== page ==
City of London

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Thomas Becket was born on Cheapside  in the City of London in circa 1120, the son of Gilbert, a merchant of Norman ancestry, and Matilda.  He was educated at Merton Priory, and later at one of the  grammar schools    in London, possibly St Paul’s, before entering the church, and eventually rising to become Archbishop of Canterbury in 1162.

There is a chapel dedicated to him inside the Mercers’ Livery Company Hall at the corner of Cheapside and Ironmonger Lane.

London Bridge

“Old” London Bridge was rebuilt, by Peter, chaplain of St Mary Colechurch, in 1176-1209, and stood until 1831 (an alcove still survives in the grounds of Guy’s  Hospital).

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There were scores of buildings on it then, including a chapel dedicated to St Thomas (depicted in a stained glass window in the church of St Magus the Martyr).

Southwark

Southwark was first recorded as “Sudwerca” in the “Domesday Book” of 1086, taking its name from the Old English “suth”, and “weorc”, meaning defensive work or fort, in reference to the Roman defences south of the river.  It  was unaffected by the Great Fire of London in 1666, the southward progress of which across the river was halted at a gap in the buildings on London Bridge that formed a natural firebreak.  However, it suffered its own Great Fire in 1676.

Historically, Southwark was a so-called “liberty”, free of many  of the regulations governing life in the City across the river.  Over time it  became one of the poor places in which it, the rich City, attempted to locate  – and forget – some of its more “undesirable” buildings (including prisons such as the Clink, King’s Bench, Marshalsea and White Lion), industries (including tanning) and activities (including – in the numerous “stews” – prostitution, animal-baiting, and the performance of stage plays, all of which attracted large and unruly crowds).

Southwark Cathedral

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What is now Southwark Cathedral was originally founded as a nunnery in 606, becoming the priory of St Mary Overie in 1106, the  parish church of St Saviour  following the Dissolution in 1540, and Southwark Cathedral and the Collegiate Church of St Saviour and St Mary Overie in 1905.  Being over  the “rie” or river, the church was undamaged in the Great Fire, and also survived the bombing of the Blitz.  Some elements of the present structure are survivors  from the  twelfth century building, although most are from the thirteenth or early fifteenth rebuilds following fires in 1212 and 1390 (the former of which, incidentally, reportedly killed 3000 people).  The interior contains  many memorials, including a wooden effigy of a knight buried in around 1275, and the tomb of Lancelot Andrewes (1555-1626), who was responsible for the translation of the Authorised or King James Version of the Bible.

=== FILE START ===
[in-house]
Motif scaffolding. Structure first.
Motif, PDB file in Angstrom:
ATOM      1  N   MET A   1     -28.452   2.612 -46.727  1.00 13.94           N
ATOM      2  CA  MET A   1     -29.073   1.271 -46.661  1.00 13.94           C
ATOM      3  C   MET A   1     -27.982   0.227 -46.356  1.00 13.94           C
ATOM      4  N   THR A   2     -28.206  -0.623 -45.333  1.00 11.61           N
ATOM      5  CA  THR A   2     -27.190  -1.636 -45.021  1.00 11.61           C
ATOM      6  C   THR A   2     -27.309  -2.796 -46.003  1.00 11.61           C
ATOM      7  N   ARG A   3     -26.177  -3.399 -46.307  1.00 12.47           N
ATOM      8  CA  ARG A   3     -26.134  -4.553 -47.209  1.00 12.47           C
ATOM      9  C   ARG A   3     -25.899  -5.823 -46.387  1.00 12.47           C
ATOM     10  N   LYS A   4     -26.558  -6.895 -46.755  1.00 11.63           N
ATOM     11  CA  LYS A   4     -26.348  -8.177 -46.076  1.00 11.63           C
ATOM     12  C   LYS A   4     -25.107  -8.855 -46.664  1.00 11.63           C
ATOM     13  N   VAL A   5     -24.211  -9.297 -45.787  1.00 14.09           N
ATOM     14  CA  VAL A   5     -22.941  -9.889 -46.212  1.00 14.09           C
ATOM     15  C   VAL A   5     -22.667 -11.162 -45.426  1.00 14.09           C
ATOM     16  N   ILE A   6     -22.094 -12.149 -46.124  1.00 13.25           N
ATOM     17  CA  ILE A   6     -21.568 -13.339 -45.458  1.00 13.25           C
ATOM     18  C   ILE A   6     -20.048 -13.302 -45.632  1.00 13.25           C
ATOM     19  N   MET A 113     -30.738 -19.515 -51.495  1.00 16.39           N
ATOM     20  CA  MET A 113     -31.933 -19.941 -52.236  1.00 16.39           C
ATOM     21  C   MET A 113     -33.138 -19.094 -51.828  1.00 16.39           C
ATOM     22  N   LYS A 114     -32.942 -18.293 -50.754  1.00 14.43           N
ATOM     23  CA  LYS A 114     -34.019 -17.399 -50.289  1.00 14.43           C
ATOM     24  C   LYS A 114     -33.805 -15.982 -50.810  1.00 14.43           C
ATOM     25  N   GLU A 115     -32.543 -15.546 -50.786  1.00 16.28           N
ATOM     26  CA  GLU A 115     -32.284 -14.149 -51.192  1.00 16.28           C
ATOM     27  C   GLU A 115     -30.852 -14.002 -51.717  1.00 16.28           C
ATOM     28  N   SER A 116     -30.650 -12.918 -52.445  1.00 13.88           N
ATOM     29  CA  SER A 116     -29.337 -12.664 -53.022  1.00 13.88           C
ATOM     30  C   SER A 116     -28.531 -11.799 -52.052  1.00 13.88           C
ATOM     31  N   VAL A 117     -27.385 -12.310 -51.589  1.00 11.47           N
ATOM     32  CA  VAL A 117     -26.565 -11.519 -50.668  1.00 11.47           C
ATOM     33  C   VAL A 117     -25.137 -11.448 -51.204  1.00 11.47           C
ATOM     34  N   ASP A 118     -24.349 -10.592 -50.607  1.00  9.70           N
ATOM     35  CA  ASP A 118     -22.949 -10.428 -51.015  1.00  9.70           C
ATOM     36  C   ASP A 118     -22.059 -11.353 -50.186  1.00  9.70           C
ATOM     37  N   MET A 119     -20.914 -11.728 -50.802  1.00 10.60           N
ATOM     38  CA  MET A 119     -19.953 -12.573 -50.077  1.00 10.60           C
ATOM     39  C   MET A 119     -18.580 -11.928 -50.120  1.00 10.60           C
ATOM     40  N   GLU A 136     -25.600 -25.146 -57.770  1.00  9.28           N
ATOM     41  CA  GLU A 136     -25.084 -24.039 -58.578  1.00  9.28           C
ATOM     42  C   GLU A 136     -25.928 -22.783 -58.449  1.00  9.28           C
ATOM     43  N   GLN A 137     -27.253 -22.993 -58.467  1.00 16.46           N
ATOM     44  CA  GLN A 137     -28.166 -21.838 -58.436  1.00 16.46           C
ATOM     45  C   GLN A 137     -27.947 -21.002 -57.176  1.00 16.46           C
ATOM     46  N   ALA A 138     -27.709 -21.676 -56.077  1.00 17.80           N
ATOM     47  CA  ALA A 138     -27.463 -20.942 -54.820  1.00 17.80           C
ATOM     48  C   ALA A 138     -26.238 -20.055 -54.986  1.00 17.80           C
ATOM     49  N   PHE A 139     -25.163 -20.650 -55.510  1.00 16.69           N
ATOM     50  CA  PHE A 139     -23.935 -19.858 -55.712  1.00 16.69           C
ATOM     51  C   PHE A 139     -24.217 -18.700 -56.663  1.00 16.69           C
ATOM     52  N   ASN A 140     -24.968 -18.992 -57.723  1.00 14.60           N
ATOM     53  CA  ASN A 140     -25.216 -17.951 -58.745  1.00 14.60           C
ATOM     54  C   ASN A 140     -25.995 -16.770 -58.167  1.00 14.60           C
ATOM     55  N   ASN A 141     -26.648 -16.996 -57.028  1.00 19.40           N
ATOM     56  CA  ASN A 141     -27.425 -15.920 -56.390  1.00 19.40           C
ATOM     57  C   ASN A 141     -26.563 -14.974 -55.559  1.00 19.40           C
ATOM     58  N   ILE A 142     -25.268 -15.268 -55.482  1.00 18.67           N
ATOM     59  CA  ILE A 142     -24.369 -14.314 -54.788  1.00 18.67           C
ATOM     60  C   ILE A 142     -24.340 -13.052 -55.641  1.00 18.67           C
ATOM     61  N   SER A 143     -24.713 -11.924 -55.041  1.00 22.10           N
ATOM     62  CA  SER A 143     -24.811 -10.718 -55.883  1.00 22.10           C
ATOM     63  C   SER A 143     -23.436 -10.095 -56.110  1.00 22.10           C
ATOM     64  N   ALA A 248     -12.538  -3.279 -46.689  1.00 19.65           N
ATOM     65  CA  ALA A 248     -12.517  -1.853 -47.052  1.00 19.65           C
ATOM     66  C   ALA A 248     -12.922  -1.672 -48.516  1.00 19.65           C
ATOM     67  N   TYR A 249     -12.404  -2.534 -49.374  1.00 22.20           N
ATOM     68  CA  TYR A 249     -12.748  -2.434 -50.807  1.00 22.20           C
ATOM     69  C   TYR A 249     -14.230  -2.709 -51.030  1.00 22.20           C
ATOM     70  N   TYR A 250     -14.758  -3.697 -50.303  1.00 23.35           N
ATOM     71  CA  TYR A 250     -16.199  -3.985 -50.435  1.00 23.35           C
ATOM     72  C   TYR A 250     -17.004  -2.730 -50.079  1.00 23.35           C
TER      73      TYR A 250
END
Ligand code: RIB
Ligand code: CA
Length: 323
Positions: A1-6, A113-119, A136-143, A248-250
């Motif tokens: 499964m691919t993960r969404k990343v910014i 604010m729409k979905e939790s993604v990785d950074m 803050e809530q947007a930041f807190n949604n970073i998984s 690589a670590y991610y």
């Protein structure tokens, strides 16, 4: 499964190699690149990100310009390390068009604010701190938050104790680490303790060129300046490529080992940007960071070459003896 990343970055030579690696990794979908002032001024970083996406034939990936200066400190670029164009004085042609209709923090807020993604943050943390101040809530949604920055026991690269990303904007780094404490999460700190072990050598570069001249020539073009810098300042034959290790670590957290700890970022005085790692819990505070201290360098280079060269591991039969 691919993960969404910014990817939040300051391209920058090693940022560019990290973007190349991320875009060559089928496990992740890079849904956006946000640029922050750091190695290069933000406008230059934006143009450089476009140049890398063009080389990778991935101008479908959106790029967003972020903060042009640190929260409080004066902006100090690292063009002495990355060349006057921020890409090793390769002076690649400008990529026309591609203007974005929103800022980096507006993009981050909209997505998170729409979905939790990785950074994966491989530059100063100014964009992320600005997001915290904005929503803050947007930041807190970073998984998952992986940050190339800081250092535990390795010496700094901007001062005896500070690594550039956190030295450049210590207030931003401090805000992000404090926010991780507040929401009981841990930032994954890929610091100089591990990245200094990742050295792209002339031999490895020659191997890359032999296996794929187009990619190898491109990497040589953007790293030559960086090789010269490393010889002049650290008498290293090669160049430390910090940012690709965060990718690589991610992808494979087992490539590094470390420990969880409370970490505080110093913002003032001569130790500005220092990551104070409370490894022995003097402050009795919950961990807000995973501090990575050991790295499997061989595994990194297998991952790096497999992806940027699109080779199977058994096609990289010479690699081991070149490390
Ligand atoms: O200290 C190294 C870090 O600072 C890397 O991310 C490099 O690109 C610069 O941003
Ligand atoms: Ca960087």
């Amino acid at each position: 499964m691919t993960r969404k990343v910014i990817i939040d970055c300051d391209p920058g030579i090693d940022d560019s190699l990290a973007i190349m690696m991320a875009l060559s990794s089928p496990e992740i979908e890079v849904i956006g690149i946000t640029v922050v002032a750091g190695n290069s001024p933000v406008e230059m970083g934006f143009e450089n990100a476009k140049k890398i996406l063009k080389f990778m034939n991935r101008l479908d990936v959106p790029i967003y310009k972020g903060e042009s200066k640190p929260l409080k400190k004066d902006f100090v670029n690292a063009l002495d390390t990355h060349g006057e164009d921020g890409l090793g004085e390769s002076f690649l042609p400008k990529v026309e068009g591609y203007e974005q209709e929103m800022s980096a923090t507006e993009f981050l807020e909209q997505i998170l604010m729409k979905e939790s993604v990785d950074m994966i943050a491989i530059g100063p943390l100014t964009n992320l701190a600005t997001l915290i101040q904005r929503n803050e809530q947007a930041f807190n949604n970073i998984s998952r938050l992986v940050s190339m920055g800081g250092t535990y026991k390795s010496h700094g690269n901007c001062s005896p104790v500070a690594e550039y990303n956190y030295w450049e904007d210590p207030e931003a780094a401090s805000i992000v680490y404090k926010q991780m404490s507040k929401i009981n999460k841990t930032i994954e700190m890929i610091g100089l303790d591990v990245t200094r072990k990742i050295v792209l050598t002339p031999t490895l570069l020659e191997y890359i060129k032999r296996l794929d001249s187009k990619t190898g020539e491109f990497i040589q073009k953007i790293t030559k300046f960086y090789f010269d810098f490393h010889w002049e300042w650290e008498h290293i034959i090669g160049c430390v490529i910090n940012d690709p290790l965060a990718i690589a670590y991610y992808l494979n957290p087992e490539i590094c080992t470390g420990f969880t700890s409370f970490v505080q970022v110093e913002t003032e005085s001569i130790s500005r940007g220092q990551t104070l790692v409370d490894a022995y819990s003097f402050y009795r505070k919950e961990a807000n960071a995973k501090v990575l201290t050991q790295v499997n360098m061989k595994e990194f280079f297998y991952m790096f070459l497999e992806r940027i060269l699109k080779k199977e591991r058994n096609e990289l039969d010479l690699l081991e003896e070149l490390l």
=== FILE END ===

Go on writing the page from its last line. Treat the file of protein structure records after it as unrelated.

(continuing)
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What was St Mary’s re-established its  public infirmary as St Thomas’s Hospital in the early thirteenth century (the hospital later relocated to Lambeth).

Winchester  Palace

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On nearby Clink Street are the remains of Winchester Palace (and also the site of the Clink Prison).  The palace was originally built in the twelfth century by King Stephen’s brother Henry de Blois, the Bishop of Winchester (at this time, Southwark was in the Diocese of Winchester).  It was subsequently rebuilt in the late thirteenth to fourteenth century, and remained in use until the time of the Civil War in the seventeenth, when it was portioned off.  It was substantially destroyed by a fire in the nineteenth century, with only parts of the Great Hall surviving to this day.  The Great Hall dates to the twelfth century, circa 1144; the “Rose Window” to the fourteenth (and possibly to the Bishopric of William of Wykeham, circa 1367-98).

Borough High Street

Borough  was first recorded as “Southwarke borrow” in 1559, taking its name from the Old English  “burh”.  Borough High Street is  part of, and was once known as,  Stane Street, the Roman road to the south, and Borough Market was first established in the thirteenth century.